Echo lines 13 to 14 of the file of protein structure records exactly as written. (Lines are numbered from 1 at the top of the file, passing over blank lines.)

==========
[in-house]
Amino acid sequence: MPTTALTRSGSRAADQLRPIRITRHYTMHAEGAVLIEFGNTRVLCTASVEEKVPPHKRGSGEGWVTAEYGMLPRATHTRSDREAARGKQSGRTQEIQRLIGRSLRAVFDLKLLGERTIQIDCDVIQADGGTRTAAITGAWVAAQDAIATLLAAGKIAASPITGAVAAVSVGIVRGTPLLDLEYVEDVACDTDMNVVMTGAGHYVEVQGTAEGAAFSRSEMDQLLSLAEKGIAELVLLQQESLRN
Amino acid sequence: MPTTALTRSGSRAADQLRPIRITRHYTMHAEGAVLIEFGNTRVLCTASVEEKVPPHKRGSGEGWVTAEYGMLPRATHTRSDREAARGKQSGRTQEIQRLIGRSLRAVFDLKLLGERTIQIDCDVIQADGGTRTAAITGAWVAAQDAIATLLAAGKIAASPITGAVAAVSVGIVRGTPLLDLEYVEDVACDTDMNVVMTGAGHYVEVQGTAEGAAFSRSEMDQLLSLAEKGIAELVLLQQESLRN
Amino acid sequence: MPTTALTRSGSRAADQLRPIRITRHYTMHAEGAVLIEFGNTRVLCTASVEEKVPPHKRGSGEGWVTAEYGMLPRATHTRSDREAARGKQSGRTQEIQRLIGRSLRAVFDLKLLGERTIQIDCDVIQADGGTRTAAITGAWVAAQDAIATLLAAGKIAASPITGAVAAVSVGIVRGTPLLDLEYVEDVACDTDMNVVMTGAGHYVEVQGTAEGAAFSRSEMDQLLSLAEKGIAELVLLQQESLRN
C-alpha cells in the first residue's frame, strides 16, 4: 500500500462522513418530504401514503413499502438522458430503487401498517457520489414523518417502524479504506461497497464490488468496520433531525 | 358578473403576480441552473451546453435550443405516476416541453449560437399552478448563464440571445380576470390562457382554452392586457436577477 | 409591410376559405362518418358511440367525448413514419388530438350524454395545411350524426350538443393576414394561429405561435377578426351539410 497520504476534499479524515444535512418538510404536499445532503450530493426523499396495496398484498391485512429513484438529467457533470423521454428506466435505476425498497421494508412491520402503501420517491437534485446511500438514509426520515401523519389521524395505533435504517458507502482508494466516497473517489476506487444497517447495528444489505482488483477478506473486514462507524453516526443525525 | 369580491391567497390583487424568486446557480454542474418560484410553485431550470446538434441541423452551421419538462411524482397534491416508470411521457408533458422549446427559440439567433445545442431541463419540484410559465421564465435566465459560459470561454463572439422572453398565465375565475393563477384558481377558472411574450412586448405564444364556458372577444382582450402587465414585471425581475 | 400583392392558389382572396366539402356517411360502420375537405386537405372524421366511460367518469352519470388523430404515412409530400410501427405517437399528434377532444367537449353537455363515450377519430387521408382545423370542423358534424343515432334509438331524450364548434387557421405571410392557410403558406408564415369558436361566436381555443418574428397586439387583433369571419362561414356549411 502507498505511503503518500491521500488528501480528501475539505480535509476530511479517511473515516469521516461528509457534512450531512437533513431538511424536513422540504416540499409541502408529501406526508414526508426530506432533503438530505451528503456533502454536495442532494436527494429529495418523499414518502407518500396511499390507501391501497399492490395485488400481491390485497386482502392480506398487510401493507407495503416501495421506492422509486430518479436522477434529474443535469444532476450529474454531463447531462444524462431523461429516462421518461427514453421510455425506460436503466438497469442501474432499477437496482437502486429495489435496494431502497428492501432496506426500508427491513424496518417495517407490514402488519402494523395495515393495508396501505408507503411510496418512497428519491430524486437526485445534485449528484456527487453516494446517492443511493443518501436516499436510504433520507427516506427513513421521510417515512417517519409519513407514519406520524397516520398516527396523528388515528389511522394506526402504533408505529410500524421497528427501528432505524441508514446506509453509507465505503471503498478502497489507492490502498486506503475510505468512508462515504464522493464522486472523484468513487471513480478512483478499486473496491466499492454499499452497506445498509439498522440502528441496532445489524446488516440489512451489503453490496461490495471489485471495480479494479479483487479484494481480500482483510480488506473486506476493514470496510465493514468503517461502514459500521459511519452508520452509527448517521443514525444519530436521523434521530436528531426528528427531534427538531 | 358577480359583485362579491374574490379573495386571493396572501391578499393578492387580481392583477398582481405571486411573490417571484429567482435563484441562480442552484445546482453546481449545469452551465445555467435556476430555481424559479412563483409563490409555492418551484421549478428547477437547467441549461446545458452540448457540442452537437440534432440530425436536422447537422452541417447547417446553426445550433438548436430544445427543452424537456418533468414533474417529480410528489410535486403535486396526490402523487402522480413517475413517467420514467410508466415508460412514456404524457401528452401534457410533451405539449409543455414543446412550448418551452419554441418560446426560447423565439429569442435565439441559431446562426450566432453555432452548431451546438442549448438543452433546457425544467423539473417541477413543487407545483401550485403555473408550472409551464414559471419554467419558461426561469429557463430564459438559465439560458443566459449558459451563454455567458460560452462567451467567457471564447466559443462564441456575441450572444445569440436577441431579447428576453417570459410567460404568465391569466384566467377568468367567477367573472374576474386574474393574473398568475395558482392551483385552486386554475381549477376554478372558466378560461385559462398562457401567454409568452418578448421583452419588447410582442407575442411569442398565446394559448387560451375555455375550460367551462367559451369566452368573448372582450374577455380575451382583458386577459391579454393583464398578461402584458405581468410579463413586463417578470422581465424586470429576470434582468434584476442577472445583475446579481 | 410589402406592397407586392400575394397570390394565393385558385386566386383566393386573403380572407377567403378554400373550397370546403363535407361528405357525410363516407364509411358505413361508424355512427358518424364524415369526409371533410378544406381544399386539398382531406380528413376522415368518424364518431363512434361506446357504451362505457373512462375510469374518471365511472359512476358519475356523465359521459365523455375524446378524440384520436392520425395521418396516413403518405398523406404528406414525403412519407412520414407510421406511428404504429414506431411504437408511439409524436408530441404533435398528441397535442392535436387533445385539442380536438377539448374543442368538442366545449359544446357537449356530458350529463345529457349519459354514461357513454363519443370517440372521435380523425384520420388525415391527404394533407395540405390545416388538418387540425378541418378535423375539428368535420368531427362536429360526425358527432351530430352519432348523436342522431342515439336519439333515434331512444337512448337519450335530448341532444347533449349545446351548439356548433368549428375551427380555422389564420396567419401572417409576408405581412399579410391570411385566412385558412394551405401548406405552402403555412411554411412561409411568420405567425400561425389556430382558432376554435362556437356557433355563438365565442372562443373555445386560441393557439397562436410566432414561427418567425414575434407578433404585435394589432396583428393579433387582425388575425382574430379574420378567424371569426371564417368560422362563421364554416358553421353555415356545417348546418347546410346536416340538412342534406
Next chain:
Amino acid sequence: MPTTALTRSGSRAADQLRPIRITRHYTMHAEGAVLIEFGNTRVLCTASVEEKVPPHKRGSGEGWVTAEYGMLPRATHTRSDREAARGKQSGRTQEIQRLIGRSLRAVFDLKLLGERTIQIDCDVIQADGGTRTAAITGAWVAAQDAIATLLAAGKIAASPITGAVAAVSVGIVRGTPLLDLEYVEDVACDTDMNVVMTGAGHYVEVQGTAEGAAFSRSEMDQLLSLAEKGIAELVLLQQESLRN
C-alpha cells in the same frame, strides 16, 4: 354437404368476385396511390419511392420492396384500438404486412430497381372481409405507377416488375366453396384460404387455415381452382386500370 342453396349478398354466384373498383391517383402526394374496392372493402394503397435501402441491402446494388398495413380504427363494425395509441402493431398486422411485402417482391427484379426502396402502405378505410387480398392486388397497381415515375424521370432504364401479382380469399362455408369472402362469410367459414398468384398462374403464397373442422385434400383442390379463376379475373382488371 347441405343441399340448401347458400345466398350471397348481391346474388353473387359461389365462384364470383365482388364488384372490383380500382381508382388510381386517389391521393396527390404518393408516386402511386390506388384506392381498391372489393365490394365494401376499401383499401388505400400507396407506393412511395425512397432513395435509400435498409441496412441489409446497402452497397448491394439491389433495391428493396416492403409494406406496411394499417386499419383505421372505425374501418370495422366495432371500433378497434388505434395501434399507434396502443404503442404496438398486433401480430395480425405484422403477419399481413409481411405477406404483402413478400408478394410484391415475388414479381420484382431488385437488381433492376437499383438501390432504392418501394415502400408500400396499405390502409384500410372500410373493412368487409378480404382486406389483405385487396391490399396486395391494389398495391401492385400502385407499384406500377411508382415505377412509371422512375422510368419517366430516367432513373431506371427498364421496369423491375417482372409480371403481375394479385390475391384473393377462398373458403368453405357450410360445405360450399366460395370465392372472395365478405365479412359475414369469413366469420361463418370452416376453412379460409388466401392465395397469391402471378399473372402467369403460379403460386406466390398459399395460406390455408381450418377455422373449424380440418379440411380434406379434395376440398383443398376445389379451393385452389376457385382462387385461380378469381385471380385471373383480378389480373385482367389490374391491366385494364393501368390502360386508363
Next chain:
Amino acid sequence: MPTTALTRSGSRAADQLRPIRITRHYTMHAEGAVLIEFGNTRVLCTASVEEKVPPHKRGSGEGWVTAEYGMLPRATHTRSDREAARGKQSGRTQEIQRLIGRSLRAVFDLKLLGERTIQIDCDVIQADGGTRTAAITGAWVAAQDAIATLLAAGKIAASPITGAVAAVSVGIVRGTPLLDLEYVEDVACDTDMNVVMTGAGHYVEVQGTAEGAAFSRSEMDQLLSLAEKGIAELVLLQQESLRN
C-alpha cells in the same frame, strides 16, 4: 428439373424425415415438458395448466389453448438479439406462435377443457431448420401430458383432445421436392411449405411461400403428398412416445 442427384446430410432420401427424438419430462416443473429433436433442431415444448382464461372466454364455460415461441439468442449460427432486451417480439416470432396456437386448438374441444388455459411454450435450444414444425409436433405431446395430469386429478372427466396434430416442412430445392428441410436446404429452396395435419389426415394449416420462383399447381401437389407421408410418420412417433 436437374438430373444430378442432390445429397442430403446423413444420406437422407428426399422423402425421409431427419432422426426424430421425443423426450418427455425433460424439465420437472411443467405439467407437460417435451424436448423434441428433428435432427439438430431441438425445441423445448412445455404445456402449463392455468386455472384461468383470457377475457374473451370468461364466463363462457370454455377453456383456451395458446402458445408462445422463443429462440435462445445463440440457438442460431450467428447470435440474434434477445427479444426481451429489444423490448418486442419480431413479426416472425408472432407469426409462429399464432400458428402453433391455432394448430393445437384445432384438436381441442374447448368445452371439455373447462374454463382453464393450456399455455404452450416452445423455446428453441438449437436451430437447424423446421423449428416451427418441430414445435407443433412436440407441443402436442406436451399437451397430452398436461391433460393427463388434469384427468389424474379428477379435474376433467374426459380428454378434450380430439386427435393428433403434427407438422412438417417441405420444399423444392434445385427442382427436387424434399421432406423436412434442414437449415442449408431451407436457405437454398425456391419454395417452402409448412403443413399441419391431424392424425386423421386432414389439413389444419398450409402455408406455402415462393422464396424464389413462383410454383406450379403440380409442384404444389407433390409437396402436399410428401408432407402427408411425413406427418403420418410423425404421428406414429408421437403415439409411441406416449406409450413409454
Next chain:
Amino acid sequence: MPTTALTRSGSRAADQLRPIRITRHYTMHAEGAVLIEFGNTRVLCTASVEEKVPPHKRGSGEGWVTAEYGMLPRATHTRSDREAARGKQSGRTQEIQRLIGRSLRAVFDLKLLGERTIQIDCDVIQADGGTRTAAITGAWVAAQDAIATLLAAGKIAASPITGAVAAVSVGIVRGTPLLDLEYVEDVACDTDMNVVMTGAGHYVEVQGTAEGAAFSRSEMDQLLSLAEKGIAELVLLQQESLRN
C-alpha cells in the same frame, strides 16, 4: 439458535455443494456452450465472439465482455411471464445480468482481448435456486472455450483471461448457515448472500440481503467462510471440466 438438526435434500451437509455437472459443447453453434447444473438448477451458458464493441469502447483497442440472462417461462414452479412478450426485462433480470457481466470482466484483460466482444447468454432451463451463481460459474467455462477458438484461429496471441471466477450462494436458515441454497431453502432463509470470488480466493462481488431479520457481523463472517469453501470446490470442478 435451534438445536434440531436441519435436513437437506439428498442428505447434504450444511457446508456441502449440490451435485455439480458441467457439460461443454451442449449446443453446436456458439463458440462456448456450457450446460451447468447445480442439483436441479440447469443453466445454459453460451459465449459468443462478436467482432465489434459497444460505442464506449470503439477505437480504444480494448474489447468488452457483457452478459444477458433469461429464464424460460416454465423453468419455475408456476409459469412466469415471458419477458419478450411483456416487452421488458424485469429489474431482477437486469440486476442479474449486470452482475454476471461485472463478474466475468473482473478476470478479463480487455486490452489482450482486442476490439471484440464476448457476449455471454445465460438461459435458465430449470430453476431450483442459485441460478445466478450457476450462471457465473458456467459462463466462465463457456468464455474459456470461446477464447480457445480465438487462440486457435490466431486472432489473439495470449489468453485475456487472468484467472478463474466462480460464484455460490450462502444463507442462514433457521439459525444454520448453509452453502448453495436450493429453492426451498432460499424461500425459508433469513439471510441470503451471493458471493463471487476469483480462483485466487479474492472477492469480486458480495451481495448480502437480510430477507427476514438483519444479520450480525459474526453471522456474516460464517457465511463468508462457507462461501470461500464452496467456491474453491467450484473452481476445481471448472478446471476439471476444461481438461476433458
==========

Amino acid sequence: MPTTALTRSGSRAADQLRPIRITRHYTMHAEGAVLIEFGNTRVLCTASVEEKVPPHKRGSGEGWVTAEYGMLPRATHTRSDREAARGKQSGRTQEIQRLIGRSLRAVFDLKLLGERTIQIDCDVIQADGGTRTAAITGAWVAAQDAIATLLAAGKIAASPITGAVAAVSVGIVRGTPLLDLEYVEDVACDTDMNVVMTGAGHYVEVQGTAEGAAFSRSEMDQLLSLAEKGIAELVLLQQESLRN
C-alpha cells in the same frame, strides 16, 4: 439458535455443494456452450465472439465482455411471464445480468482481448435456486472455450483471461448457515448472500440481503467462510471440466 438438526435434500451437509455437472459443447453453434447444473438448477451458458464493441469502447483497442440472462417461462414452479412478450426485462433480470457481466470482466484483460466482444447468454432451463451463481460459474467455462477458438484461429496471441471466477450462494436458515441454497431453502432463509470470488480466493462481488431479520457481523463472517469453501470446490470442478 435451534438445536434440531436441519435436513437437506439428498442428505447434504450444511457446508456441502449440490451435485455439480458441467457439460461443454451442449449446443453446436456458439463458440462456448456450457450446460451447468447445480442439483436441479440447469443453466445454459453460451459465449459468443462478436467482432465489434459497444460505442464506449470503439477505437480504444480494448474489447468488452457483457452478459444477458433469461429464464424460460416454465423453468419455475408456476409459469412466469415471458419477458419478450411483456416487452421488458424485469429489474431482477437486469440486476442479474449486470452482475454476471461485472463478474466475468473482473478476470478479463480487455486490452489482450482486442476490439471484440464476448457476449455471454445465460438461459435458465430449470430453476431450483442459485441460478445466478450457476450462471457465473458456467459462463466462465463457456468464455474459456470461446477464447480457445480465438487462440486457435490466431486472432489473439495470449489468453485475456487472468484467472478463474466462480460464484455460490450462502444463507442462514433457521439459525444454520448453509452453502448453495436450493429453492426451498432460499424461500425459508433469513439471510441470503451471493458471493463471487476469483480462483485466487479474492472477492469480486458480495451481495448480502437480510430477507427476514438483519444479520450480525459474526453471522456474516460464517457465511463468508462457507462461501470461500464452496467456491474453491467450484473452481476445481471448472478446471476439471476444461481438461476433458